And it really is a tightrope that we're walking where we have to try to reap the benefits of the technology without destroying ourselves in the process. You know, there were experiments in the mid-2000s. After SARS-1 in 2003, scientists were fascinated with SARS, and they were experimenting from then on, on creating a version two of SARS. There are published papers on it. This isn't conspiracy theory. It's a fact. And there are published papers in 2017. Some Canadian scientists created in a lab from scratch a pox virus that was very, very closely related to smallpox and they themselves said it is no longer possible to eradicate any virus because they can be made in the lab.
So that is called synthetic biology where you can make a virus in a lab. You don't need to break into the supposed two places in the world where the smallpox virus is held. One is the US CDC, and the other is a Vector Lab in Russia. And it's probably impossible to break in there and steal it, which is what intelligence people were worried about. But nobody needs to do that anymore because you can make it.
What if smallpox were to re-emerge? About 20 years ago, some Australian scientists actually, quite by accident, again did some dual-use research with a very unexpected side effect. They were trying to address the mouse plague. You know, you've seen those pictures in country towns with mice crawling all over people running through the houses. So they're trying to address this mouse plague by engineering the eggs of the mice to be sterile, to sterilise the mice. But quite by accident, when they did this genetic engineering of the mice, they ended up resistant to the vaccine for smallpox because they were using our orthopox virus, which is a related virus, and the smallpox vaccine protects against pretty much all of the related viruses. So it was resistant to the vaccine, and this virus, in nature, that is pretty mild in mice, doesn't kill them. It killed all the mice. So double whammy, universally fatal and resistant to the smallpox vaccine. So you could theoretically do that same engineering to the smallpox virus and create a virus that the vaccines don't work against. And that is 100% fatal. Natural smallpox is 30% fatal. And, you know, we use vaccines to eradicate it. The vaccines are highly effective, but it will be a completely different game if we didn't have vaccines.
The other type of gain-of-function research is where you take a virus that exists in nature and confer on properties it doesn't normally have, like making it more lethal, more contagious, or resistant to drugs and vaccines. That field has been active since around 2012 when two scientists wanted to publish the methods, they developed for engineering avian influenza viruses to be transmissible in mammals, in other words, humans. Avian flu viruses, often referred to as ‘bird flu’, do not typically spread between humans. Humans can get infected with them if they handle a dead or sick bird, but generally, even if a person gets infected, they’re not going to transmit to others because birds have different receptors in their respiratory tract compared to humans.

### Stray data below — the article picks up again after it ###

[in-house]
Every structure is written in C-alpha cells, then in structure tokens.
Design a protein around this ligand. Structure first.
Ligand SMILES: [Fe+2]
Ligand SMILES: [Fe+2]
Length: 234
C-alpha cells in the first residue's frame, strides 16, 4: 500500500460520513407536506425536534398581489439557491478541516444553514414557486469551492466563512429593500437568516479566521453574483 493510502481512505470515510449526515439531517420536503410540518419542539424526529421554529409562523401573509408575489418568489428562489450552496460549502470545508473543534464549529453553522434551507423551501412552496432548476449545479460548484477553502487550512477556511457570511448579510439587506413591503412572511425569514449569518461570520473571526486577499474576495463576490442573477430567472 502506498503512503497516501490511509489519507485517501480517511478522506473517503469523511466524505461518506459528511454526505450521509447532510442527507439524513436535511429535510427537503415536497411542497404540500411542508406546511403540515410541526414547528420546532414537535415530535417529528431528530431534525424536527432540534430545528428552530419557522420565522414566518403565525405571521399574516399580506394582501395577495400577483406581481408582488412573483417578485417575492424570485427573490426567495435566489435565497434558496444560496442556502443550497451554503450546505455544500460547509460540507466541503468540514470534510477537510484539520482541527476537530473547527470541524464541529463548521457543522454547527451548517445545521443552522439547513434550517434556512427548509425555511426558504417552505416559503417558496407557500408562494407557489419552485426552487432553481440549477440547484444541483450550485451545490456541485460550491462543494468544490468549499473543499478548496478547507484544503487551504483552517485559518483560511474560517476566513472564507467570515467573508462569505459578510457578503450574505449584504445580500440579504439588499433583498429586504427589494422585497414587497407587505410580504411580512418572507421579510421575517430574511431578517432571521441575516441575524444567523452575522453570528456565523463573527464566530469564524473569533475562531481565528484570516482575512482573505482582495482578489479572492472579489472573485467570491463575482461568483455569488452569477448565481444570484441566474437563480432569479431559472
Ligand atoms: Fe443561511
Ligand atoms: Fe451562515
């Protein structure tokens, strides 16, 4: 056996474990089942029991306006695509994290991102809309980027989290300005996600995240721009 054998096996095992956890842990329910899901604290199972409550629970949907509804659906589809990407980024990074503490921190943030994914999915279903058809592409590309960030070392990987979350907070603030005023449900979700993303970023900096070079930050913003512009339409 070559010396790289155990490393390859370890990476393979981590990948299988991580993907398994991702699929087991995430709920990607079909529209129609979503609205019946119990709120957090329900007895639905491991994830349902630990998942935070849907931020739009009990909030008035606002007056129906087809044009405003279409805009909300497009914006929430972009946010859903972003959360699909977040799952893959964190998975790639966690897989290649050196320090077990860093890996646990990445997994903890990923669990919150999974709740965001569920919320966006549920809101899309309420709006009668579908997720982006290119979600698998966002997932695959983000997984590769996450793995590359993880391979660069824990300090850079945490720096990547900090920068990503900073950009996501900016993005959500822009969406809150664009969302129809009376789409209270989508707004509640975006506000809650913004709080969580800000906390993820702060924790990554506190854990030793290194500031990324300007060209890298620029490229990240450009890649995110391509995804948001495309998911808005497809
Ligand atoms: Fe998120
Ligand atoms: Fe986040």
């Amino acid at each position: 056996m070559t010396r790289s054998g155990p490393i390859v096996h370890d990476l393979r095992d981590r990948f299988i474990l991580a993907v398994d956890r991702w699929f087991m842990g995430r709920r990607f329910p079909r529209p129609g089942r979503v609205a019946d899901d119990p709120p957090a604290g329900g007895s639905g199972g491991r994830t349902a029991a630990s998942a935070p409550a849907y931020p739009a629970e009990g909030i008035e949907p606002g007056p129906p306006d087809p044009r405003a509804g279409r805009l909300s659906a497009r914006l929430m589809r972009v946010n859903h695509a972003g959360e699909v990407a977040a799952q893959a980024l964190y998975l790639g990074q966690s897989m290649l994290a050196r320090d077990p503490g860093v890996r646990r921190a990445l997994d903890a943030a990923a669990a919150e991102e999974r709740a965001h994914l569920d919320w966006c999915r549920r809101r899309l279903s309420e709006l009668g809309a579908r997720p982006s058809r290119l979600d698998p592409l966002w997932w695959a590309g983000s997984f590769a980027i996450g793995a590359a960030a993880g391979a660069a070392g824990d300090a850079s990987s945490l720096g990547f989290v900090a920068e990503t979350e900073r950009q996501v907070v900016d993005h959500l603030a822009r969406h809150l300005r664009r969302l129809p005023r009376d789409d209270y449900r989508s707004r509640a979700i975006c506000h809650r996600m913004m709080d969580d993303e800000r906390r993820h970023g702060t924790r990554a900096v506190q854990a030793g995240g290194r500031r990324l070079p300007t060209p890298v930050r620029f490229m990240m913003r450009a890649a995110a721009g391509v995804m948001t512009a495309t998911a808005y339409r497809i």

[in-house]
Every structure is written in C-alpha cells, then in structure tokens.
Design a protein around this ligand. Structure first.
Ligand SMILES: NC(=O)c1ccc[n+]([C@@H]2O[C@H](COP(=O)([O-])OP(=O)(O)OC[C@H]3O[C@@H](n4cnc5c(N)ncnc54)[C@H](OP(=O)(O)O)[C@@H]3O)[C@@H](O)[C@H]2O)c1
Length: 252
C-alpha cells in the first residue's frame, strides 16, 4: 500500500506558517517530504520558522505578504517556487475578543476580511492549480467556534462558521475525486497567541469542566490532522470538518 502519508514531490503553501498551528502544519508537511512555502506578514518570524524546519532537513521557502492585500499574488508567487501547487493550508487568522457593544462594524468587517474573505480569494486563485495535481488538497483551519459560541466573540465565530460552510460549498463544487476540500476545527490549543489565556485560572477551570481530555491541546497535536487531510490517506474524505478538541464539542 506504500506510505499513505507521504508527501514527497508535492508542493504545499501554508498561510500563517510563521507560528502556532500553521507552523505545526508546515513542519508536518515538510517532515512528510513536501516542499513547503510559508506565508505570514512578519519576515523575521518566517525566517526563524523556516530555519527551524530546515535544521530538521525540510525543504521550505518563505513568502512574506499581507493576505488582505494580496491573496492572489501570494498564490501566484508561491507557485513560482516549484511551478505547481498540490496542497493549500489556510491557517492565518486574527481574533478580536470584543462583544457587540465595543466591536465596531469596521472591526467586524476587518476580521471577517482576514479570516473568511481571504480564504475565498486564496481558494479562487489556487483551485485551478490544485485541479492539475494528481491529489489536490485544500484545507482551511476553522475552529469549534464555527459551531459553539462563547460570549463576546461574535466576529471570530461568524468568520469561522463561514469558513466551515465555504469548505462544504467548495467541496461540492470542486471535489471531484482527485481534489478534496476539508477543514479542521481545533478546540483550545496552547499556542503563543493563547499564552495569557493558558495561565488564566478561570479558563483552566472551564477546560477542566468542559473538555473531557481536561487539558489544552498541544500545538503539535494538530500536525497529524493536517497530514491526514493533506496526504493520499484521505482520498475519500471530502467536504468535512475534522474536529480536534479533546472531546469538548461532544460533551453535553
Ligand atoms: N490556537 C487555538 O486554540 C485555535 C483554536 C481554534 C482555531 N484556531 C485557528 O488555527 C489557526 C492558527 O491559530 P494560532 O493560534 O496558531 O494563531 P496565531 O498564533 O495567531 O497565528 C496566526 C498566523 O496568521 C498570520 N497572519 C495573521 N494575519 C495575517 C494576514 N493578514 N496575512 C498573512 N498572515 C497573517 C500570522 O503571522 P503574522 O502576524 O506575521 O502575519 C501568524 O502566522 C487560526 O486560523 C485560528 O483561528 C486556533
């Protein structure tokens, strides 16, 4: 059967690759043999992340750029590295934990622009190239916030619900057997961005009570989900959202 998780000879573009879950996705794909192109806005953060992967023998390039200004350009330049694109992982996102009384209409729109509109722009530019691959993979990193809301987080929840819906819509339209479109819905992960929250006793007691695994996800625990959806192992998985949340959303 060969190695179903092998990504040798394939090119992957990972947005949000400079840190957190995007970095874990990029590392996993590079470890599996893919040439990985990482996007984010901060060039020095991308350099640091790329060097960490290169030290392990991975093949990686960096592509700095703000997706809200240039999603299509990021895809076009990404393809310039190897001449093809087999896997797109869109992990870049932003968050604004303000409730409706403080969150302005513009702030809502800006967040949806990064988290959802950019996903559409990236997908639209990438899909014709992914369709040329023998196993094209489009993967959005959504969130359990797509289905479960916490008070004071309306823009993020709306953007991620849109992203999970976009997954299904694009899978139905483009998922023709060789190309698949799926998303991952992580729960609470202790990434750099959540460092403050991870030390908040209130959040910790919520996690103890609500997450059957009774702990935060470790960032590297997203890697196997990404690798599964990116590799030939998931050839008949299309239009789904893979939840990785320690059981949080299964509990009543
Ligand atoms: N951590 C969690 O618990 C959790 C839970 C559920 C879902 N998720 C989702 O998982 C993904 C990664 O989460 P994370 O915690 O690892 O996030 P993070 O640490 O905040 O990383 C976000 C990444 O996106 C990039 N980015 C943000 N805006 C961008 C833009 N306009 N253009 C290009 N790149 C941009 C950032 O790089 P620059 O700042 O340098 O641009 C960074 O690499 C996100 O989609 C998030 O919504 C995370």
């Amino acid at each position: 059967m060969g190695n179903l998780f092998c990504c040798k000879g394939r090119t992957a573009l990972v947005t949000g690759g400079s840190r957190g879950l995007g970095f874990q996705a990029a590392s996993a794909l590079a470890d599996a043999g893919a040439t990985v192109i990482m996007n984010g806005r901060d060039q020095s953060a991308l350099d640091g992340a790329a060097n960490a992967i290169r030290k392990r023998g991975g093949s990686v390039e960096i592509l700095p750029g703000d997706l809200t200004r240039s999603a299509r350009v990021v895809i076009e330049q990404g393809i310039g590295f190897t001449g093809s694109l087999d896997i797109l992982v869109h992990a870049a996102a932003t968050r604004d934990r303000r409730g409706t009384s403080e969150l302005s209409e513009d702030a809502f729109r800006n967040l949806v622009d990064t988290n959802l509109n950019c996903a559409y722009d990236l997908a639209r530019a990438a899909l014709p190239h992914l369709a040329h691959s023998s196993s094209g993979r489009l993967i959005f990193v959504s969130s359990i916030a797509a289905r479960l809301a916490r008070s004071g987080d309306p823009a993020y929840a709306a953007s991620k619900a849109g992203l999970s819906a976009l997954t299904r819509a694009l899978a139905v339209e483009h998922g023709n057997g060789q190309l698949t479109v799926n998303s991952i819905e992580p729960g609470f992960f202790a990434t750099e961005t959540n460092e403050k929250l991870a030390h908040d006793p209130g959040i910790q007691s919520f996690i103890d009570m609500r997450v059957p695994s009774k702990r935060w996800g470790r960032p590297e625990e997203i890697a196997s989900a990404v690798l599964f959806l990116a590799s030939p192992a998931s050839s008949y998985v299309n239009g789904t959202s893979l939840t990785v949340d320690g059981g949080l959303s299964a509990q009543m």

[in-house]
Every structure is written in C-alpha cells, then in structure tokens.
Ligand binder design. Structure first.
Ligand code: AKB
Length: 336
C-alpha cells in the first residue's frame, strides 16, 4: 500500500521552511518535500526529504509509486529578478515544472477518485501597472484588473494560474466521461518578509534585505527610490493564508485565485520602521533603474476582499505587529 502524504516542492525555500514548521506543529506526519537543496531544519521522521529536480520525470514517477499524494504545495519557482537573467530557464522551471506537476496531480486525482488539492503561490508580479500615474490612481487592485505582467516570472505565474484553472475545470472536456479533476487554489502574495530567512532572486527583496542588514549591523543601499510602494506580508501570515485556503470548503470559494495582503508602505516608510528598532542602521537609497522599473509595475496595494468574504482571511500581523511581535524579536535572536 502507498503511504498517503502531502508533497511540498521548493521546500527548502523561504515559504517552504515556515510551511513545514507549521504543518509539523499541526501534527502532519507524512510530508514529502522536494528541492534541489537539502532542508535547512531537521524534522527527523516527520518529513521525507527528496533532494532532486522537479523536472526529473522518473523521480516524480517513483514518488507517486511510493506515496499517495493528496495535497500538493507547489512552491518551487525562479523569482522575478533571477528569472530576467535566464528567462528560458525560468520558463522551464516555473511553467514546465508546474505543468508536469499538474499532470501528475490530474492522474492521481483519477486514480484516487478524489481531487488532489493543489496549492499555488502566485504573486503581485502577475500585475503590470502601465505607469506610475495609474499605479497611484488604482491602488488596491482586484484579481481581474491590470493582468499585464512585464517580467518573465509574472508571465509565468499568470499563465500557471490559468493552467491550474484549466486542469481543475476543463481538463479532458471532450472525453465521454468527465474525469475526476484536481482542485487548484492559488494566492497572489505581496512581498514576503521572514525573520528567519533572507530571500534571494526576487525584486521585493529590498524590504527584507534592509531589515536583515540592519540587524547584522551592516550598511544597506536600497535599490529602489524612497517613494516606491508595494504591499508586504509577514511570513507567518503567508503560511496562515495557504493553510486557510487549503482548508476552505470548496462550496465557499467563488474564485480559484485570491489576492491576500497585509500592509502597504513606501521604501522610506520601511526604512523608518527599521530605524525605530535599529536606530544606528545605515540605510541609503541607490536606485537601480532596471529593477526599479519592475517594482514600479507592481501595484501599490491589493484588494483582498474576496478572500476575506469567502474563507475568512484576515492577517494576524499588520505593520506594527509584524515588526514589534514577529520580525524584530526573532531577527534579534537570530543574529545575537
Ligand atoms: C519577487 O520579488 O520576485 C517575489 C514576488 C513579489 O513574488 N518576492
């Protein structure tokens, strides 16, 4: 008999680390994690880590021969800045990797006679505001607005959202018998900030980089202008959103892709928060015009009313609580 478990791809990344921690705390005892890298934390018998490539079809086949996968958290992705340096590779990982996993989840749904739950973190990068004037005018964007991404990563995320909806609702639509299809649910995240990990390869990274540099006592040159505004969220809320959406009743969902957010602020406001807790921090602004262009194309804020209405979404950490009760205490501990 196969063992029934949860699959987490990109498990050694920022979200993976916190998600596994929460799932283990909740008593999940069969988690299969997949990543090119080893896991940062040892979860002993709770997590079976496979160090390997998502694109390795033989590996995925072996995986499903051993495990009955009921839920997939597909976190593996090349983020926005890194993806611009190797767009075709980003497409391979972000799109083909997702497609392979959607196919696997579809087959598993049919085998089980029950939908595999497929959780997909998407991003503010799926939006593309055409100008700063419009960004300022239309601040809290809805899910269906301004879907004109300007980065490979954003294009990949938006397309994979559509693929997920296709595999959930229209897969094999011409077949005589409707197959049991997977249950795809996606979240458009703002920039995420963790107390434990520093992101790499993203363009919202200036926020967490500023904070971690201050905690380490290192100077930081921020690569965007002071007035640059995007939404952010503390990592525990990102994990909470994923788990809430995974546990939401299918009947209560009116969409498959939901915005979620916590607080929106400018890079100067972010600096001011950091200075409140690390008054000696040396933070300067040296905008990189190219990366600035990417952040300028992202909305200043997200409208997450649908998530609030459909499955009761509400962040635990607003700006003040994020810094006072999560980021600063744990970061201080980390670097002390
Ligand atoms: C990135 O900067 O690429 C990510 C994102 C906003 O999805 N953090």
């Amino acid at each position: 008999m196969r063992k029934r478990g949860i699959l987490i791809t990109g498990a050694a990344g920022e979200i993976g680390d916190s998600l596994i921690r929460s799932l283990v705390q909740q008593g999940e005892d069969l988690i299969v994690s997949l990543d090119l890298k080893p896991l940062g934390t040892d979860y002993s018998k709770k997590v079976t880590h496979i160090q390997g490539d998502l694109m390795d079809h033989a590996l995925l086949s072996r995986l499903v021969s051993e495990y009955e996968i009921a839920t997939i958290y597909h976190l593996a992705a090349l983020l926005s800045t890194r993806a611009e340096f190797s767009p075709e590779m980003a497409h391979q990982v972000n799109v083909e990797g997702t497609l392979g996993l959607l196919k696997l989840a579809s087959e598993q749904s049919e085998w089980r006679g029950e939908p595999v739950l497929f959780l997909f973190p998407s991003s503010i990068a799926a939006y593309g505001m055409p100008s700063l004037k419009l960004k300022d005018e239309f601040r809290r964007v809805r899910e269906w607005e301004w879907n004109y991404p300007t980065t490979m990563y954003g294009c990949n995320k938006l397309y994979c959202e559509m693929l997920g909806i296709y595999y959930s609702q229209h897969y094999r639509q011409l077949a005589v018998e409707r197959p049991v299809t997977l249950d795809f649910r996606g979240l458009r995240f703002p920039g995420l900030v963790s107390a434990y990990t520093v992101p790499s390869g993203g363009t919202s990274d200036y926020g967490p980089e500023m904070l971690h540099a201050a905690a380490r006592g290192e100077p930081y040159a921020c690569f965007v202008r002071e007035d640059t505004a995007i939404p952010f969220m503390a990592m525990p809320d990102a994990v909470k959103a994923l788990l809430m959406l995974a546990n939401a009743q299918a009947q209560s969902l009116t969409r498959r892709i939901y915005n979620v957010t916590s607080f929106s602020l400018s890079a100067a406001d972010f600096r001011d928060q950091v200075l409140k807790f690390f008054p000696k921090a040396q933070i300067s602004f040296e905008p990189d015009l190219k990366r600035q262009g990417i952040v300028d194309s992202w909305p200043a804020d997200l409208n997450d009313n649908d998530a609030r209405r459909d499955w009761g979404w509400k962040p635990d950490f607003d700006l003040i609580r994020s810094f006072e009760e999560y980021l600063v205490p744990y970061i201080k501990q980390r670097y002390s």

For avian flu viruses to cause the next pandemic, they would need to switch their receptors to have an affinity for the human respiratory tract. And that's exactly what these scientists did. They switched the receptor affinity to make avian flu viruses transmissible in humans. There was a brief moratorium on that kind of research, but the scientists lobbied hard, saying that the future of humanity depended on them on being able to do this research and make viruses more dangerous.
So there are two ways this kind of research can result in harm, basically error and terror. Error, terror, warfare, and biological warfare and terrorism have been documented throughout recorded human history. The Persians, Romans, and Greeks – they all used to use it. It was used extensively in World War II, during the Cold War, in Rhodesia, South Africa, and then we had more recent attacks in the US after 9/11. There was an anthrax attack which I write about in the book. And lab leaks – they are really, really common.
You can just go on the website of the American Biosafety Association. They catalogue all the lab leaks from around the world, and you can spend a weekend reading about the interesting lab leaks and who's died and who's gotten ill from these lab leaks. So they are really common, even in top-notch labs. In one of the interesting outbreaks that I talk about is the massive leak of anthrax from one of the Soviet bioweapons plants in a place called Sverdlovsk in the Soviet Union. A technician forgot to replace the valve on the air filter, right, forgot to replace the filter on the external air filter, and that resulted in weaponised anthrax being pumped into the town all night long until the next technician on the next shift realised the mistake and put the filter in.